Hi, I'm Bill O'Reilly. Thanks for watching us tonight.
Talking Points memo this evening is about a potential war of words between President Bush and former President Carter.
As you may know, Mr. Carter is in Cuba on a trip sponsored by private foundations. Which ones, we're trying to find out. But the Bush administration gave its approval for the trip.
But before Carter left the USA, Secretary of State Colin Powell told the press that Cuba may be developing offensive biological weapons. Carter believes that statement has undercut his trip and says the State Department briefed him but never mentioned any biological weapons.
Powell says he doesn't know what his subordinates told Carter, but of course he can know if he wants to know.
Carter has visited a Cuban biotechnology lab and said he doesn't believe Cuba is exporting terrorist materials and information to countries like Libya and Iran. Carter said he asked American experts if there was hard evidence of Cuban misconduct and they said no.
Now President Bush is heading down to south Florida next week to celebrate Cuban Independence Day. He will deliver a speech, and Talking Points is betting heavily it will not be friendly to Fidel Castro.
So why, then, did Mr. Bush give Jimmy Carter permission to go to Cuba?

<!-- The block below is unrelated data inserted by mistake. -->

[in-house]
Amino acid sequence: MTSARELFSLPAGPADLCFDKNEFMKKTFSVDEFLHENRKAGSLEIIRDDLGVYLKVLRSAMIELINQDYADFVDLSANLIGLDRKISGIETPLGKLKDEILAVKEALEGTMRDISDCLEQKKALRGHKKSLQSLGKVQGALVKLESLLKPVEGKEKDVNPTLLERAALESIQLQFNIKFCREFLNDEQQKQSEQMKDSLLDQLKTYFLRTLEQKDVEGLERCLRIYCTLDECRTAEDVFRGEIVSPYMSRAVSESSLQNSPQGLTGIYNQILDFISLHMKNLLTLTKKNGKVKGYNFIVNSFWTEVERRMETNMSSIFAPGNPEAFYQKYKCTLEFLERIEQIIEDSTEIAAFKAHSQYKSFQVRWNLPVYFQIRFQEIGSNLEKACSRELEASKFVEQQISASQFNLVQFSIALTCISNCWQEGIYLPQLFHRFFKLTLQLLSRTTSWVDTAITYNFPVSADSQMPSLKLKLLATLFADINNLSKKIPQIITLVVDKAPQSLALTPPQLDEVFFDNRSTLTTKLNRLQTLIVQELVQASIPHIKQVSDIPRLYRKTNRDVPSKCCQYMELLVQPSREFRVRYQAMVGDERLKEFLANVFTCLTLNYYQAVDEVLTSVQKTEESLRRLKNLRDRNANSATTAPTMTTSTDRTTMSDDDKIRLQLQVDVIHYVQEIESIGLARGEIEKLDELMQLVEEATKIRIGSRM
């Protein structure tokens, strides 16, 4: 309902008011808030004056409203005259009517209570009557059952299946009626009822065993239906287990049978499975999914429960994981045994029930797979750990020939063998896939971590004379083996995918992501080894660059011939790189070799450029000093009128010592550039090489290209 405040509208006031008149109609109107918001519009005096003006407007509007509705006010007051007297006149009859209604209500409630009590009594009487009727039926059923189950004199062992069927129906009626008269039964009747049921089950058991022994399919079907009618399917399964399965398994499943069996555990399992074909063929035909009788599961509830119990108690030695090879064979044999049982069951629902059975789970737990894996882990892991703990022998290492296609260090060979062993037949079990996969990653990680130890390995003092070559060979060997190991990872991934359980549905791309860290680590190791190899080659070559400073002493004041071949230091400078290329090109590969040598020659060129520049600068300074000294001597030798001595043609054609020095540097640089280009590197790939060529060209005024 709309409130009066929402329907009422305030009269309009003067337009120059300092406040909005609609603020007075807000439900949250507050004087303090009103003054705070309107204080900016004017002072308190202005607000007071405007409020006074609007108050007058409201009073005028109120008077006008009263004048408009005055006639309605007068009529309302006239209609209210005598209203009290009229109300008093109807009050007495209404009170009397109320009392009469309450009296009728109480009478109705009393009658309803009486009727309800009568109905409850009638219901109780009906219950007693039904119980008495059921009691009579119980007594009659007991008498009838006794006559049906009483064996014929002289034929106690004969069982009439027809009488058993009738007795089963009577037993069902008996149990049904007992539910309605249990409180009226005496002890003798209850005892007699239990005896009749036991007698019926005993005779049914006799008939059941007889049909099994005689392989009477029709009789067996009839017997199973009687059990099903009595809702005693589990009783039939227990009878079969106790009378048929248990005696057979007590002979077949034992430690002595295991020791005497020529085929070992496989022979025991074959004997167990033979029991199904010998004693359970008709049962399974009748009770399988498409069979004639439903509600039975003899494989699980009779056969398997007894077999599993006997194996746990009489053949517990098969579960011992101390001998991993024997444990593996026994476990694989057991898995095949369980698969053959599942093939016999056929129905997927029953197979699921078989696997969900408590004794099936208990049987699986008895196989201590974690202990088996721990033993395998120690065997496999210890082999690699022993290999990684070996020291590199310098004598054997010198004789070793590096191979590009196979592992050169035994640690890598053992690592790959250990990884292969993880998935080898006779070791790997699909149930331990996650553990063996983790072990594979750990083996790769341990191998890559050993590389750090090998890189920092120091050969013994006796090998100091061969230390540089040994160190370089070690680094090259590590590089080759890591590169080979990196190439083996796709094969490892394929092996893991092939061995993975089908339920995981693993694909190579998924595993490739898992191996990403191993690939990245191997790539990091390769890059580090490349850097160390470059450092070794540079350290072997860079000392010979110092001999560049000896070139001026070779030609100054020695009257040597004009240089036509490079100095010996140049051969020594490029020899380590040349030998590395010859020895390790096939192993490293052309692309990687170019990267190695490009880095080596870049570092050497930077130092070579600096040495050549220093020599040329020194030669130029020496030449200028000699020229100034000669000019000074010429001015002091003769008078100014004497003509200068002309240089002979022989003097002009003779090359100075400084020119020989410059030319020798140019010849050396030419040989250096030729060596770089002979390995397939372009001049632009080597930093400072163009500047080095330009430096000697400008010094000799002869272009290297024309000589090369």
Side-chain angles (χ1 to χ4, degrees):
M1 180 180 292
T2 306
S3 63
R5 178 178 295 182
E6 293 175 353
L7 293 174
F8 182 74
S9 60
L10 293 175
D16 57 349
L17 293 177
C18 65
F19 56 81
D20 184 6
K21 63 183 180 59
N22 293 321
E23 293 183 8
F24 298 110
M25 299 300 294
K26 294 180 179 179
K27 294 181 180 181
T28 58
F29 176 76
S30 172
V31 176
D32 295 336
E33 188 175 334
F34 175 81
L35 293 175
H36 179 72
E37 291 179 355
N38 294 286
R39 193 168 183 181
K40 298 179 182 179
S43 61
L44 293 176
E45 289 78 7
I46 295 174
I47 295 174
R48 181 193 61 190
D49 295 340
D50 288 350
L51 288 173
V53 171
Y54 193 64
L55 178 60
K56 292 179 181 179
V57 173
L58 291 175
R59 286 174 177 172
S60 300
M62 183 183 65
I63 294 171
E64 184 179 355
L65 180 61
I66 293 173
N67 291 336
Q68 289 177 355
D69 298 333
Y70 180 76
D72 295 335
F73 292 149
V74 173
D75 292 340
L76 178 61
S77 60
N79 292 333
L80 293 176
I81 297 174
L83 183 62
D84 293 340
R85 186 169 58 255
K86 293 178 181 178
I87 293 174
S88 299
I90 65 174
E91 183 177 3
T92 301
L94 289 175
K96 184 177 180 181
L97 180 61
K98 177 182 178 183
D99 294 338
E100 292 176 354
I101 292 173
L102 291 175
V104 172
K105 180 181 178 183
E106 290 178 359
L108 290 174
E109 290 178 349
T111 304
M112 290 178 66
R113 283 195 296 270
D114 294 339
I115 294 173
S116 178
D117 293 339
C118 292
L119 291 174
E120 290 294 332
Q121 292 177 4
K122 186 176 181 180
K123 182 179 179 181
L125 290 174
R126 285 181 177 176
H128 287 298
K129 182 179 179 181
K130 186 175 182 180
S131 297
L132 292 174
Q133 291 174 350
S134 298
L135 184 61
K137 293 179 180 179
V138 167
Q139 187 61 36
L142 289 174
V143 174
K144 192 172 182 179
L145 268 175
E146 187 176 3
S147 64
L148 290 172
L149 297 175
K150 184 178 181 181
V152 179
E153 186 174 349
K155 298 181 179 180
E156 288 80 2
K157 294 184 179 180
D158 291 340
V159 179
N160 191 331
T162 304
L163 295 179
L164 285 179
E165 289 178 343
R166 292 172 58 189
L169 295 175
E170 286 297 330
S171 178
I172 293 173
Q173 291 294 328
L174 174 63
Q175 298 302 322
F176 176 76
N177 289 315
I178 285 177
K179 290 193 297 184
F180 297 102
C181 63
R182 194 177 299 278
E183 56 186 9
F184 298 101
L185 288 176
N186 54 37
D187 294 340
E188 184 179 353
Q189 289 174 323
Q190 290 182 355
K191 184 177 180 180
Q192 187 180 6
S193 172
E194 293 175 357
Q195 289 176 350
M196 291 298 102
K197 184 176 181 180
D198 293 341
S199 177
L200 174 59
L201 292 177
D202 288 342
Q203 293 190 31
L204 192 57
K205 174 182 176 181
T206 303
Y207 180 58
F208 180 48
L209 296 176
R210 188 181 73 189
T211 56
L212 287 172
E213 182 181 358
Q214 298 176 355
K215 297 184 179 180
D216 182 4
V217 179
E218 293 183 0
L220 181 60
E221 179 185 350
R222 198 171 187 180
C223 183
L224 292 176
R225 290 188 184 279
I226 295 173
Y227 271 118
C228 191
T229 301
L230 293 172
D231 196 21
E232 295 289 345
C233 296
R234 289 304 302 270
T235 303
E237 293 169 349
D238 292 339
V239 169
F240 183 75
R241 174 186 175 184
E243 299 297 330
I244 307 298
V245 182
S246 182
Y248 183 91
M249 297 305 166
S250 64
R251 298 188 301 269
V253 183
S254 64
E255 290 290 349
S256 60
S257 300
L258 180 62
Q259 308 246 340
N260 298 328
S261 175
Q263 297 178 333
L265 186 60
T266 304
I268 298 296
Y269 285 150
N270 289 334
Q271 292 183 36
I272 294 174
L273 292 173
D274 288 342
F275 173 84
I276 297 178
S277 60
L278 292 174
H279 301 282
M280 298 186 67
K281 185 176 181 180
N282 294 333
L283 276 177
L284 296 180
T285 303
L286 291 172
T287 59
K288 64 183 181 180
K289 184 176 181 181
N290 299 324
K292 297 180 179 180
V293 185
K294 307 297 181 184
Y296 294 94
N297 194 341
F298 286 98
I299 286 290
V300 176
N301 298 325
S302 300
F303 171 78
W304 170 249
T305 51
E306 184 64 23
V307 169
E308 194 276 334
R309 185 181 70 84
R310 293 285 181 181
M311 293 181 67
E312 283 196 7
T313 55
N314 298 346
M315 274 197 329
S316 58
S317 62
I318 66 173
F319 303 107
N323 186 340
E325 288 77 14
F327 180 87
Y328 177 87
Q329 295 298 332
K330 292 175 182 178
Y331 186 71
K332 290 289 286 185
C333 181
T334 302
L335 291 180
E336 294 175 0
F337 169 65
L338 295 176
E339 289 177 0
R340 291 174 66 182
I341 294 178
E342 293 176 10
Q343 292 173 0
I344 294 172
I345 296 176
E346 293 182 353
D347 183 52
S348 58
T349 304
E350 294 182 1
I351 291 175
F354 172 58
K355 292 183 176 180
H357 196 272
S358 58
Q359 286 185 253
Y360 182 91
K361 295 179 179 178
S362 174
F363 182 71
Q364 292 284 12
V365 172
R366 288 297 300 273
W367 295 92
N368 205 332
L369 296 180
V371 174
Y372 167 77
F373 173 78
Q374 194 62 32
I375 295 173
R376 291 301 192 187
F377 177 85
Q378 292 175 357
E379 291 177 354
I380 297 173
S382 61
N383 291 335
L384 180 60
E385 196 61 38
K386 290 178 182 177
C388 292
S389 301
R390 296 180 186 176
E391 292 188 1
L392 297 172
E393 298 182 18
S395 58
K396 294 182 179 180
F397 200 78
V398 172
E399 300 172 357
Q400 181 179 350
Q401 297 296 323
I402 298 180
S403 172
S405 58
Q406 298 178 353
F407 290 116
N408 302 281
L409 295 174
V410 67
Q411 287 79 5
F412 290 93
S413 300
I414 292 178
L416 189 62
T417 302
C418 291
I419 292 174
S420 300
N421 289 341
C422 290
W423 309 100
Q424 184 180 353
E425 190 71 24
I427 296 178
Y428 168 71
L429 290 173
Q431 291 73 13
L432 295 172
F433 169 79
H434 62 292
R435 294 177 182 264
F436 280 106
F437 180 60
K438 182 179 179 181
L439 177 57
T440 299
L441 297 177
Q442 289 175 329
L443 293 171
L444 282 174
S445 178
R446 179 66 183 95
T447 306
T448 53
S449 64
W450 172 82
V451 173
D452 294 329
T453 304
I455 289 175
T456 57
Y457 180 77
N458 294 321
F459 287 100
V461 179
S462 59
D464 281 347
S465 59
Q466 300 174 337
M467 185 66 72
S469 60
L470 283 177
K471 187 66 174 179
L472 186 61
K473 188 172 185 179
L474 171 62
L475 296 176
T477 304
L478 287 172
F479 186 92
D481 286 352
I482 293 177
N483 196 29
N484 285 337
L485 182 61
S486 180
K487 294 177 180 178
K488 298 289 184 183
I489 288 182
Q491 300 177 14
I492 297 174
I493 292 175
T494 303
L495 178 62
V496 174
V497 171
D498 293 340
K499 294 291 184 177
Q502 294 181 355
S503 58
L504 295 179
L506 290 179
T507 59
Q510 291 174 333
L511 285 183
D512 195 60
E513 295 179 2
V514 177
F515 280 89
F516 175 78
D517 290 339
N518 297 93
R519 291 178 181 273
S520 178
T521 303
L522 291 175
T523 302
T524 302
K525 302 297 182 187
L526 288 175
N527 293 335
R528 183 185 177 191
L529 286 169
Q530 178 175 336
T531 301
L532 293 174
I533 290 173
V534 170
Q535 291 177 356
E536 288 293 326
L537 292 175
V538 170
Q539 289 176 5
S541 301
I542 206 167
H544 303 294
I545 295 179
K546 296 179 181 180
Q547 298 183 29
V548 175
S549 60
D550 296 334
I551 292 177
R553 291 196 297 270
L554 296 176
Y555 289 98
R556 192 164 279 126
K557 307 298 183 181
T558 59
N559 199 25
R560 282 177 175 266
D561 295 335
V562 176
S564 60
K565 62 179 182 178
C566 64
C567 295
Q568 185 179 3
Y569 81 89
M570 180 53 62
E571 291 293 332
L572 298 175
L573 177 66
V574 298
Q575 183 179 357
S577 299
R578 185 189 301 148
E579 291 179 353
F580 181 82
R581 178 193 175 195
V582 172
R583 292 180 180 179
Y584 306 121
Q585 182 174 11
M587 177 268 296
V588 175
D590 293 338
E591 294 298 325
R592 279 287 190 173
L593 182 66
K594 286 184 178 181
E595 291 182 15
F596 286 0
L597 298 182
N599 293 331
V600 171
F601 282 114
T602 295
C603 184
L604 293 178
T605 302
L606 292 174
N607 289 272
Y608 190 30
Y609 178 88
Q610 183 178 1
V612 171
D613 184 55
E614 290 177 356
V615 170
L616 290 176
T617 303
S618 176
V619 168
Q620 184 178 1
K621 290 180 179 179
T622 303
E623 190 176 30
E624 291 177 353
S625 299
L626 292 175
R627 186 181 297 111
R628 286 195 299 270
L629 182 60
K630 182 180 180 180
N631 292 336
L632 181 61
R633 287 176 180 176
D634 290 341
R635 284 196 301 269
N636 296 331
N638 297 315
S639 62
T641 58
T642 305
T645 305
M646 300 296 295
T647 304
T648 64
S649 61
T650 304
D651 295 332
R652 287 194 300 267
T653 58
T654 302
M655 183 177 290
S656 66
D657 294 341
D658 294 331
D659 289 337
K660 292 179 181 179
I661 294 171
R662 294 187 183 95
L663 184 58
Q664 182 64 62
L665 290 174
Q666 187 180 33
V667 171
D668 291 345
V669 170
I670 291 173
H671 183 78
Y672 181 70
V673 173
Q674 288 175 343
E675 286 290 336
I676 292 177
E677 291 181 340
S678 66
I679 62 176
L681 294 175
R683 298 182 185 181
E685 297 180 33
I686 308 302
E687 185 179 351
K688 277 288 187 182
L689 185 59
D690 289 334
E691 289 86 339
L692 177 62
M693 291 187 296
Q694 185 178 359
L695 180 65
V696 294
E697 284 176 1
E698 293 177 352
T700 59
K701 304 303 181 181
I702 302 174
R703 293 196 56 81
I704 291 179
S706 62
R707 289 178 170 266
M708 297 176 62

This is what is known as back-door diplomacy. Castro likes Carter, and Carter sympathizes with Cuba, wants the embargo cut back. So Castro, who's in big trouble economically, might be in the mood to compromise on some issues, and Carter is the messenger service back to Bush.
But the former president has now teed off the Bush administration a bit, and that wasn't smart. Carter should have left the biochemical thing go and just looked and listened.
Remember, Bill Clinton totally disrespected Carter, and Mr. Bush has treated him well, but that could change after this fiasco.
Jimmy Carter is an aloof man who does good charitable work but has no clue when it comes to foreign policy. Iran embarrassed him, and I still can't understand why we gave away the Panama Canal. I mean, what did we gain from that transaction?
Carter could be a useful -- could be useful, I should say, as a goodwill ambassador to the third world, but he wouldn't know a terrorist plot if it moved in with him in Plains.
Castro is using the former president, of course, that's obvious, but it's not really important. What is important is that Castro does no harm to the USA, because if he does, in this climate, the Bay of Pigs might have a very different sequel.
And that's the memo.
And that's the memo.
The Most Ridiculous Item of the Day
Time for the "Most Ridiculous Item Of The Day."
Moe, the chimp, is in the middle of a custody battle. He's 36-years old and was taken away from his owners, the Davises of West Covina, California, after he bit two people. The Davises want him back. But city officials say Moe is better off at a wildlife sanctuary with other chimps. Presumably, he won't bite them. And if he does, they'll bite him back.
Anyway, this whole thing has been going on for four years. And Moe's lawyer, that's right, Moe the chimp has a lawyer, says the whole thing is still a mess and no one really knows where Moe will end up. Of course, we wish the best for Moe, as we do for Larry and Curly. But it may be ridiculous for chimps to have lawyers. We'll hear the other side of that tomorrow on The Radio Factor when Moe the chimp's lawyer will calls in.
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